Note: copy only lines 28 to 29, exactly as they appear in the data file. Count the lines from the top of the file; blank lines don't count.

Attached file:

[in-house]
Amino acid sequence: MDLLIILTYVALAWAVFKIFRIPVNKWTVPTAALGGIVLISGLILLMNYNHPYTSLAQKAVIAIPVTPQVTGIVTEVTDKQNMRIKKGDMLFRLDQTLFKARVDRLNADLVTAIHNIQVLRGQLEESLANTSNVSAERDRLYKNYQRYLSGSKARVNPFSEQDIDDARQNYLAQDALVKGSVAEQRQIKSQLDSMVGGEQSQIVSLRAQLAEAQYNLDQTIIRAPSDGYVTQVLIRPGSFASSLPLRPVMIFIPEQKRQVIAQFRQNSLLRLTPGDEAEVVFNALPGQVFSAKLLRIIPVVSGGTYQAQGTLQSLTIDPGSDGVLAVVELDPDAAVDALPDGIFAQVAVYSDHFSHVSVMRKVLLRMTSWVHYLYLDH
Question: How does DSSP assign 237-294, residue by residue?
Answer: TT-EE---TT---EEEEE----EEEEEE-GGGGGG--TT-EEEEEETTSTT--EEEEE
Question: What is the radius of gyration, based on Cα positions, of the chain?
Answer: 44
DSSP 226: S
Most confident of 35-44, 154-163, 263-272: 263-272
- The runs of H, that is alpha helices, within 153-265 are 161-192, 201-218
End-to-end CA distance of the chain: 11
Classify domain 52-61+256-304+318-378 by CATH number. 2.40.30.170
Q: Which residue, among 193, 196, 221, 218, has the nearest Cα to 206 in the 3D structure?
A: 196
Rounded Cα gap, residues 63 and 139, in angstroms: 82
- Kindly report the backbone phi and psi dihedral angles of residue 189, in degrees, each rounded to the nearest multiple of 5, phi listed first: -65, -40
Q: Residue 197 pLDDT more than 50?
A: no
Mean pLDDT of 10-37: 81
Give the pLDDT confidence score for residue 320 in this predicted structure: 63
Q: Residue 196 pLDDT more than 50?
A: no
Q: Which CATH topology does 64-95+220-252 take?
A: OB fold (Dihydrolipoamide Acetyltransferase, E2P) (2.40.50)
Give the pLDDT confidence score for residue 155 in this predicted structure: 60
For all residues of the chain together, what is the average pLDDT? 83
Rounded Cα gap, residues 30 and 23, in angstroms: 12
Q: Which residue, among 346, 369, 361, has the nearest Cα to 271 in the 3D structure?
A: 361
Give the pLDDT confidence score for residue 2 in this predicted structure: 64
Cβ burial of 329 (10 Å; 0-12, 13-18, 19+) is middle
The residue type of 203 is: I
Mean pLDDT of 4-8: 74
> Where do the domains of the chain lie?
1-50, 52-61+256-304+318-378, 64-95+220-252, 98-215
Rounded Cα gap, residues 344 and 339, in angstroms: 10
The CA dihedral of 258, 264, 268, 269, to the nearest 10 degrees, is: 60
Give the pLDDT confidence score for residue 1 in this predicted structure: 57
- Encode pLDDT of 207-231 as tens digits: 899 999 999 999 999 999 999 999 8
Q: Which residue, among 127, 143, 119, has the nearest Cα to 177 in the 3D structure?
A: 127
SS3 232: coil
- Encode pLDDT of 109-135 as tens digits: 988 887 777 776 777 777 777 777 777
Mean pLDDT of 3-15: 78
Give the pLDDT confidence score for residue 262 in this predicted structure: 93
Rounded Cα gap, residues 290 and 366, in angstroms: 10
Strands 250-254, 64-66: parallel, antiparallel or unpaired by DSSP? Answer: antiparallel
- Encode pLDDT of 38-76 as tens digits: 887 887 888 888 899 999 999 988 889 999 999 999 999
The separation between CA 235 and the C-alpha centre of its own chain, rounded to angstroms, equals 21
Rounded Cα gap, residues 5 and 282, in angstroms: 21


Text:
A: 361
Give the pLDDT confidence score for residue 2 in this predicted structure: 64